For the first time Ngunnawal language has been heard throughout the ACT Legislative Assembly in the acknowledgment of country.
It is the first Australian parliament to begin every sitting day in an Indigenous language.
Ngunnawal elder Caroline Hughes was excited her language had been revitalised after a lifetime of it being denied to her.
"We've been disenfranchised for all of my life, for 56 years," she said.
"To be revitalising our language to the point that non-Indigenous people, and in particular the members of our Legislative Assembly are embracing it, means so much to us as Ngunnawal people."
Aunty Hughes sits on the Aboriginal and Torres Strait Islander Elected Body and is the director of CIT's Yurauna Centre.
She hoped to see Canberrans embrace and learn Ngunnawal language.
"To hear our language spoken by others is one of the greatest things that could happen for us," she said.
"I'd love to see Canberrans all over embracing the language and using it.
"I'd love to see place names across Canberra using our language."
From today, the Acknowledgement of Country said at the start of each sitting will be in Ngunnawal language. The latest step in our reconciliation with the Ngunnawal, it marks a first in Australian parliamentary history 🟡🔴⚫️— ACT Legislative Assembly (@ACT_Assembly) July 30, 2020
🔗 Read more: https://t.co/iK6XROZK86pic.twitter.com/YvGwN1ZyvZ
In a speech to the Legislative Assembly, Chief Minister Andrew Barr said it was a "historic moment" and more needed to be done to protect Indigenous languages.
"We need to recognise that language is intrinsic to the culture and identity of Aboriginal people and to the intangible cultural heritage of all the people of the ACT," he said.
"There is a need to recognise, and do what we can to support, revive and protect the languages of the traditional custodians and occupants of the land."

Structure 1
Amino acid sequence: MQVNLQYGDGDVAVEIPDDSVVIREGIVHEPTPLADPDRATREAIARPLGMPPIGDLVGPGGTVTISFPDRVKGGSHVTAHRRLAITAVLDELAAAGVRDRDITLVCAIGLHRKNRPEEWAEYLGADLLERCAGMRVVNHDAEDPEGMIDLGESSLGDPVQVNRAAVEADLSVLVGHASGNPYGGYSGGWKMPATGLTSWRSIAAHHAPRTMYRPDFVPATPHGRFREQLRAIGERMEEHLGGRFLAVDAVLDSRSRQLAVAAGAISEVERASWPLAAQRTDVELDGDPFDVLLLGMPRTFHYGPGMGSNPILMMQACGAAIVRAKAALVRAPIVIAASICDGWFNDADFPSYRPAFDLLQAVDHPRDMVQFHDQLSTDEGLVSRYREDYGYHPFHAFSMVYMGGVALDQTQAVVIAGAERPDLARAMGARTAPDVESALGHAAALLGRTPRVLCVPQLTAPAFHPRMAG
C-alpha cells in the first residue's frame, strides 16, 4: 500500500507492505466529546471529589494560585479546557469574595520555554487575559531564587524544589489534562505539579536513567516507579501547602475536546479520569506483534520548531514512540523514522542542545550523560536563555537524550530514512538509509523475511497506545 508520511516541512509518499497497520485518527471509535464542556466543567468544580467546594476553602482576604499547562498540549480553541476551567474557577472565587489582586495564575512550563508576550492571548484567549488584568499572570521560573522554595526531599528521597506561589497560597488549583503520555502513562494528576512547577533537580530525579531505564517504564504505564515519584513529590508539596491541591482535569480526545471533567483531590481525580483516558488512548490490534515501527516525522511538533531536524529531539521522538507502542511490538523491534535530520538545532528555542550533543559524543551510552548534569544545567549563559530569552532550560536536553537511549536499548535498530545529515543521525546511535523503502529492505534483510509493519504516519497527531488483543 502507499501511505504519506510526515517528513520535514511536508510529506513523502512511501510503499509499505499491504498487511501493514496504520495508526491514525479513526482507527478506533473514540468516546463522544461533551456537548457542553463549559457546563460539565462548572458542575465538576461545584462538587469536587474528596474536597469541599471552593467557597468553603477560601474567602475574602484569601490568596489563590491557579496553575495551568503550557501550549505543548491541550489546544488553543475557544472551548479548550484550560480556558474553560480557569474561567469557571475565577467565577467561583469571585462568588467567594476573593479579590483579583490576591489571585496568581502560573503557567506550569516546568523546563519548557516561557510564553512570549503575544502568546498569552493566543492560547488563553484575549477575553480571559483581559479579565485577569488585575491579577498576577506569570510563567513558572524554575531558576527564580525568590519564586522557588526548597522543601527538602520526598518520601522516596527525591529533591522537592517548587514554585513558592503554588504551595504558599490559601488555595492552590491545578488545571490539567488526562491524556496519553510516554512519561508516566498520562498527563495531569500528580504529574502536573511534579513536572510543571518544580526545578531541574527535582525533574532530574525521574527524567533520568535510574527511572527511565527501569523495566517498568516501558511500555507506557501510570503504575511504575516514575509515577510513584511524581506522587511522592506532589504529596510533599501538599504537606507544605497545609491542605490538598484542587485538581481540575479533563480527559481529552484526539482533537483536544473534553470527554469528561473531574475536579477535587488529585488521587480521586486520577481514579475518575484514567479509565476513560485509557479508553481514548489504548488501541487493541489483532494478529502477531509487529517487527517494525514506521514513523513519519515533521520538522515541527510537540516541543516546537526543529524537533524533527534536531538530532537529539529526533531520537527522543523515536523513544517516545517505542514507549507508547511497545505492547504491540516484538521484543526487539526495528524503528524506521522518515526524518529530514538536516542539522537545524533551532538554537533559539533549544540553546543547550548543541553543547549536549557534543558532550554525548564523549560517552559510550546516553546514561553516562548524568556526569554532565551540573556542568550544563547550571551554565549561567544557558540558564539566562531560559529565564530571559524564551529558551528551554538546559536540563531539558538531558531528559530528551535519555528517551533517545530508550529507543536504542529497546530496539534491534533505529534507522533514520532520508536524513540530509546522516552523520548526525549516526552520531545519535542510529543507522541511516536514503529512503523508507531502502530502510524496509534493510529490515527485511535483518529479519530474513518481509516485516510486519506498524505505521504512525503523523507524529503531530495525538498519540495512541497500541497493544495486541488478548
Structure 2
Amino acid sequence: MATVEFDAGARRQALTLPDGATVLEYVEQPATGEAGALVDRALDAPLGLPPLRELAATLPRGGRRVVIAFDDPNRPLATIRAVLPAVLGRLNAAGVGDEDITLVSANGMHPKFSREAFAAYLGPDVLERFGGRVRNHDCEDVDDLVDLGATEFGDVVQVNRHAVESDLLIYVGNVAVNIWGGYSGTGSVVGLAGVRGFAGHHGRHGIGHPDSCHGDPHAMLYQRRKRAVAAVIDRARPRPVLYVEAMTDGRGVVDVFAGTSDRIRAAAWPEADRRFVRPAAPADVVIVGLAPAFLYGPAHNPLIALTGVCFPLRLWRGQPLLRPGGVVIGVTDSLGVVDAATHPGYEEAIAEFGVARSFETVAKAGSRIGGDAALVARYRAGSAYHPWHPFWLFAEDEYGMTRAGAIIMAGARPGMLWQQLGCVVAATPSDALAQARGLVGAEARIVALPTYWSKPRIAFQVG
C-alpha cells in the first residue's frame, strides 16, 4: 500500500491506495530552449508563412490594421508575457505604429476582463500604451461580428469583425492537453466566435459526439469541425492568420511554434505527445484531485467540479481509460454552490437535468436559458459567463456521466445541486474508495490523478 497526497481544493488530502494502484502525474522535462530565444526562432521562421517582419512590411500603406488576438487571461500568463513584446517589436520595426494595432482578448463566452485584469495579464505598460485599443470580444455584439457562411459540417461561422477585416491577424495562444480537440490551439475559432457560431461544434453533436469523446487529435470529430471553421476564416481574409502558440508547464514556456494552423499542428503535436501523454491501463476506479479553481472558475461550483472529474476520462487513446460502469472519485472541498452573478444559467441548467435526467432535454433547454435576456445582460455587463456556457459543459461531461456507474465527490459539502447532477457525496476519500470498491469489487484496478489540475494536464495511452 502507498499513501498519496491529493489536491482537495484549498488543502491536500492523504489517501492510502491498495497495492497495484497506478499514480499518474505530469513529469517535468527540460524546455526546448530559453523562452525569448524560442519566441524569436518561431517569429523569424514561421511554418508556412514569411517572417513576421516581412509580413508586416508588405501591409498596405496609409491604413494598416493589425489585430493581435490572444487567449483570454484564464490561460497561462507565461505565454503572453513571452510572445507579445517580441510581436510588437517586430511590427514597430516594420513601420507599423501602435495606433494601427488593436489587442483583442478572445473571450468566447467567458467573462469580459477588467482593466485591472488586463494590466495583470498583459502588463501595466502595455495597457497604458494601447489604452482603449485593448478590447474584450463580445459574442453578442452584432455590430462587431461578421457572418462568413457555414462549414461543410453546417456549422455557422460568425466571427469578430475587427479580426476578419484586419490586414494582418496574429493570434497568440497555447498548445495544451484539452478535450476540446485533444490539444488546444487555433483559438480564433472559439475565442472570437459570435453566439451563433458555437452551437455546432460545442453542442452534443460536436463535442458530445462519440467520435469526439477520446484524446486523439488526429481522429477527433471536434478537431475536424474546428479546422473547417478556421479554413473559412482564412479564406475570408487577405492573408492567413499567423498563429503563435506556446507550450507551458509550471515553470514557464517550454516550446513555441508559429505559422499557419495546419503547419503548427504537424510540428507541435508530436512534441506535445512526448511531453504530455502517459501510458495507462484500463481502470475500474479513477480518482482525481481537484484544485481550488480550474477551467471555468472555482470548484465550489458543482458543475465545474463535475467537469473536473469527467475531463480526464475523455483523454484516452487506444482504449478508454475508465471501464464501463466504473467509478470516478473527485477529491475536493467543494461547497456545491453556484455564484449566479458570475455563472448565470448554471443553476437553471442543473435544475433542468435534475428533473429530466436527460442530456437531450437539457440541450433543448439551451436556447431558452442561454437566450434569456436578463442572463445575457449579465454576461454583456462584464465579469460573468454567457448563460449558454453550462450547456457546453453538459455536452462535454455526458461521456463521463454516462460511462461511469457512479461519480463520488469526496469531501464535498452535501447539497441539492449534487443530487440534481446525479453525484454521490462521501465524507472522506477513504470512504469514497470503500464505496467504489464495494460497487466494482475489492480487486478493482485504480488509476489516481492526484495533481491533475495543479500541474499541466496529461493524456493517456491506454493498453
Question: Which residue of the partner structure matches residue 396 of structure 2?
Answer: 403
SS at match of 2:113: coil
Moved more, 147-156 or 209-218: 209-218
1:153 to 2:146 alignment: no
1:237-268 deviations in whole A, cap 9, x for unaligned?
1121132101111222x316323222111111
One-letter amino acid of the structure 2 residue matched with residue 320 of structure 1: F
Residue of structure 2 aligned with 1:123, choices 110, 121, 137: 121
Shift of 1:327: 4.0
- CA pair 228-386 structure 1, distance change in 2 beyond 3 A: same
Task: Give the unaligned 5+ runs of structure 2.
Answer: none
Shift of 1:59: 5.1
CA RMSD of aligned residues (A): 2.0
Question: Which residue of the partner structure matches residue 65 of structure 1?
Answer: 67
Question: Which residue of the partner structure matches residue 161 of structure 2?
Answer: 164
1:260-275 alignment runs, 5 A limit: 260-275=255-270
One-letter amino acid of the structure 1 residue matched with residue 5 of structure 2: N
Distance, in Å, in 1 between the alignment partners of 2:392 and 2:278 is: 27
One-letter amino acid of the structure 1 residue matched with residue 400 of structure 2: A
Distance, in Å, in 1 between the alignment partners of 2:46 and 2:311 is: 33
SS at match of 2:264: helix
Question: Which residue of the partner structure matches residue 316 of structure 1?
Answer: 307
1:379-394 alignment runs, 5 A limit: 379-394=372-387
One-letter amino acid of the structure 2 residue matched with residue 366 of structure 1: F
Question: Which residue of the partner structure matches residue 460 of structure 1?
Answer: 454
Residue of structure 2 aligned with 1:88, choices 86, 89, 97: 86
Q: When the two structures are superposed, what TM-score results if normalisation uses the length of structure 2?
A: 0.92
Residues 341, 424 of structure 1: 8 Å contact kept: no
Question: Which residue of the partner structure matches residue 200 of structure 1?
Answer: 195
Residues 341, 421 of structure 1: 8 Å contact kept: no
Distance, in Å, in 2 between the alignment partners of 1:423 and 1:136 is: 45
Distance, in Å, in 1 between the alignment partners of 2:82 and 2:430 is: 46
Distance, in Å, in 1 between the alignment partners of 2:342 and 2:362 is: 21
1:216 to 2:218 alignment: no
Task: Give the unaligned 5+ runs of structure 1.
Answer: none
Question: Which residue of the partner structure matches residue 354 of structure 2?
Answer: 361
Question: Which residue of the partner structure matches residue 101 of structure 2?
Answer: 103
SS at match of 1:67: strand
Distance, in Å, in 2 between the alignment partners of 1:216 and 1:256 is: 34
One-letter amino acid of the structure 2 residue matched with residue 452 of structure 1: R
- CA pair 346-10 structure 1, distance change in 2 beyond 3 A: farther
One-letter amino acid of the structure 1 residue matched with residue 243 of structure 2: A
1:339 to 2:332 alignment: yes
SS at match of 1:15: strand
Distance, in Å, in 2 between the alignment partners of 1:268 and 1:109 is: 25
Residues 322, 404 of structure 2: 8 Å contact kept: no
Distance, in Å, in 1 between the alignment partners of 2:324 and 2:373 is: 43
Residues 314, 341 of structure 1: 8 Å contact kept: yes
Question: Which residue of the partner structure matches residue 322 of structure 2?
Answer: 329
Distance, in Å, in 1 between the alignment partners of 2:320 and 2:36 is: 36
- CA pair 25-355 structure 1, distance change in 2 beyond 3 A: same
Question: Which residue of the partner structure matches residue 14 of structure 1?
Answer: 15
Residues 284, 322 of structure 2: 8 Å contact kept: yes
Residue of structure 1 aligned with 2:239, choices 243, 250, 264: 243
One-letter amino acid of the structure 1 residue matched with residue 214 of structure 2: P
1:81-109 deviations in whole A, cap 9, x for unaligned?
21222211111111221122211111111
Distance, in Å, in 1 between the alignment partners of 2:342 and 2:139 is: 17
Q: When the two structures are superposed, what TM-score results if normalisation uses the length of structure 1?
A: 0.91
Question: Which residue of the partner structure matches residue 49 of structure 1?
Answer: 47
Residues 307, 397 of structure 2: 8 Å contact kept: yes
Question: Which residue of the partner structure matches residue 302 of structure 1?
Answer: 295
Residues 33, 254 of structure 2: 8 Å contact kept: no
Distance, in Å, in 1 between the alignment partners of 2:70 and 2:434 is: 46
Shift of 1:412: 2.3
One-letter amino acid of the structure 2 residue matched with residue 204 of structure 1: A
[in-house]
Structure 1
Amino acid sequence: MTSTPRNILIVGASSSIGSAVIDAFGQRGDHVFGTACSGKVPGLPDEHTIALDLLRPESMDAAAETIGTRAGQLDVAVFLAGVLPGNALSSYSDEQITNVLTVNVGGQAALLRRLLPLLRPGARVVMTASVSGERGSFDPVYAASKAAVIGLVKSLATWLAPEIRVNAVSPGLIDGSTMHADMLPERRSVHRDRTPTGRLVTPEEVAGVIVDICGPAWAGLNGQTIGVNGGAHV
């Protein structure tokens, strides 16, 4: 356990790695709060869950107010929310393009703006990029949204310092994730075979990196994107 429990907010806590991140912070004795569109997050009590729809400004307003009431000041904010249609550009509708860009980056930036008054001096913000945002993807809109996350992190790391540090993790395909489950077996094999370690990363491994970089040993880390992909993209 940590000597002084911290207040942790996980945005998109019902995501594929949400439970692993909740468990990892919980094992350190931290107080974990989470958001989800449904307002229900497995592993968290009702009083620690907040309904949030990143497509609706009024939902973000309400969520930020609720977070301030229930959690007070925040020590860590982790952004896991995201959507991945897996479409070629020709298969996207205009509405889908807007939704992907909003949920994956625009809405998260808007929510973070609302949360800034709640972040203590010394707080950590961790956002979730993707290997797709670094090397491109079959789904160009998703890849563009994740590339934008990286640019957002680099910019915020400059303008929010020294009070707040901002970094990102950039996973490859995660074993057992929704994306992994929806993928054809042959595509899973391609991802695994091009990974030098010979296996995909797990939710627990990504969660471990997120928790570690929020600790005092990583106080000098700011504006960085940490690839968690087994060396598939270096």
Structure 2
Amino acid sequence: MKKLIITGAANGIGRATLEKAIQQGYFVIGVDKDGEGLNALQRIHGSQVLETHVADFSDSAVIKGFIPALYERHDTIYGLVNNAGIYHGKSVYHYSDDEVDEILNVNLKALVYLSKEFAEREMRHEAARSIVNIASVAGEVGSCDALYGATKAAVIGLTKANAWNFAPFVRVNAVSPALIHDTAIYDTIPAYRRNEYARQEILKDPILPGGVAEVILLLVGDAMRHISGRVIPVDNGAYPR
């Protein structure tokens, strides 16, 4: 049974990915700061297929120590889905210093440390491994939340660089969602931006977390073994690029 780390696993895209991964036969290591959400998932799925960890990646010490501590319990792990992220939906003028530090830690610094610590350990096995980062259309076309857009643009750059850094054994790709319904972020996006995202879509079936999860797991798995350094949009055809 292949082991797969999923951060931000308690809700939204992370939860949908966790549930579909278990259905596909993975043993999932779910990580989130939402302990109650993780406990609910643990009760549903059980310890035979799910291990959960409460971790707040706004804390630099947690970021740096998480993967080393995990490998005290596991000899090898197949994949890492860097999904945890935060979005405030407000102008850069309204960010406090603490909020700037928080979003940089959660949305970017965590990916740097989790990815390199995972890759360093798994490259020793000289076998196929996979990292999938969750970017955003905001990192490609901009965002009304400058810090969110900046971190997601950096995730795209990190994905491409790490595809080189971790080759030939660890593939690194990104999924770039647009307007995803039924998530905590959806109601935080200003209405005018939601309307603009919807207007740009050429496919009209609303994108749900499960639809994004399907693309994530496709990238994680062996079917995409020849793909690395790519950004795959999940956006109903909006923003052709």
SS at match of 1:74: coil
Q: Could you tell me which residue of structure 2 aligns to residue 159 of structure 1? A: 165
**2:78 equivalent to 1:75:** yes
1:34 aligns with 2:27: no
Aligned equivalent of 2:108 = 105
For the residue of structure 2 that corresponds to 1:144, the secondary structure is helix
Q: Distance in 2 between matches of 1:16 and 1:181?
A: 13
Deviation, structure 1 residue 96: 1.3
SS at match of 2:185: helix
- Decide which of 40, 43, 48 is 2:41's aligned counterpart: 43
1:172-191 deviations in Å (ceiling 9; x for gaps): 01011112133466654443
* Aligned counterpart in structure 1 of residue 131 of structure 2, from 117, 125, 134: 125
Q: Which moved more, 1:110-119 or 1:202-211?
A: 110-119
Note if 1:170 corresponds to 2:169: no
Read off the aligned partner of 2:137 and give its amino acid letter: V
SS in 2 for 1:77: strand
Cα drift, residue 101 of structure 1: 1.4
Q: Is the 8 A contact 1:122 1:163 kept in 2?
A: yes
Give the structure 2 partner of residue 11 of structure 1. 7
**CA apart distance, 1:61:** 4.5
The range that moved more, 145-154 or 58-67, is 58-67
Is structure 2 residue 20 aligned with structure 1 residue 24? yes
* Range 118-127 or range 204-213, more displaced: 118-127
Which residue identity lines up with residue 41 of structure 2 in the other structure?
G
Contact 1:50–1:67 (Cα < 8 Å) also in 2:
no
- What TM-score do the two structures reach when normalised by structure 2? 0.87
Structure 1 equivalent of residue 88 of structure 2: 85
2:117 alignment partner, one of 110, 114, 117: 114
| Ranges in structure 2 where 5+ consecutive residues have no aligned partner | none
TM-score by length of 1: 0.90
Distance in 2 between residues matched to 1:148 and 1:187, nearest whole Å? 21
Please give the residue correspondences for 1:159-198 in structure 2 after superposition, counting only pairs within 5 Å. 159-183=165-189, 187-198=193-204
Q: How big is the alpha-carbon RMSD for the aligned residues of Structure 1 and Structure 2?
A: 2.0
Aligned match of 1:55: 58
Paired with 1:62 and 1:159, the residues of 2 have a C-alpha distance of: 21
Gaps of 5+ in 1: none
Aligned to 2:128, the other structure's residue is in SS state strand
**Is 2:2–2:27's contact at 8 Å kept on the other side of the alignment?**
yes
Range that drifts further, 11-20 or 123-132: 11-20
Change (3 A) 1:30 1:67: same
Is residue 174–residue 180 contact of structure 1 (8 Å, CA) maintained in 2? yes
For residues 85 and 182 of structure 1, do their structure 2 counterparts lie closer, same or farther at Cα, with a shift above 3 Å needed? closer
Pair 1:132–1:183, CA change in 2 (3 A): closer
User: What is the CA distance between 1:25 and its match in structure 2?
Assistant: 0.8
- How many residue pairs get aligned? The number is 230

Greens leader Shane Rattenbury said the "groundbreaking occasion" was a small step towards reconciliation.
"Across this country, we must acknowledge that First Nations People have a unique relationship with the land and water, that their rights and obligations as custodians must be respected, and that sovereignty was never ceded," he said.
"The nation has a long way to go before we recognise sovereignty and achieve reconciliation, and it's incumbent on all of us to do what we can to contribute to this important reckoning."
Mr Rattenbury wanted more cultural awareness training and language education to be provided to parliamentarians.
Speaker Joy Burch will give the acknowledgment of country at the start of each sitting day, and the wording has been determined in consultation with the United Ngunnawal Elders Council.
The motion, put forward in November, was co-sponsored by Labor, the Greens and the opposition Liberals.
Canberra Liberals leader Alistair Coe said the ACT had "fallen short" in bridging the gap between Indigenous and non-Indigenous Canberrans in areas including health, education and justice.
"This can no longer be tolerated and we must be doing everything we can to continue working with Aboriginal people to implement policies that advance the inherent dignity of each member of our Indigenous community," he said.
The latest Close the Gap report showed only two of seven targets were on track to be met, after years of slow progress.
ACT Indigenous Affairs Minister Rachel Stephen-Smith said this time would be different.
"This will be different because we have Aboriginal and Torres Strait Islander people and organisations at the table," she said.
"What that has delivered is an agreement ... where there is a real focus on self-determination, on community control, on addressing systemic racism in our system."
"It's about how to achieve the targets not just what those targets look like."
Aunty Hughes said Indigenous organisations in Canberra, including the ATSIEB, were working closely with the ACT government.
"It does give us some hope and that hope is that our voices will be listened to and that will make a difference for our people," she said.
"I know a lot of work has been done by our representatives, particularly here from Canberra."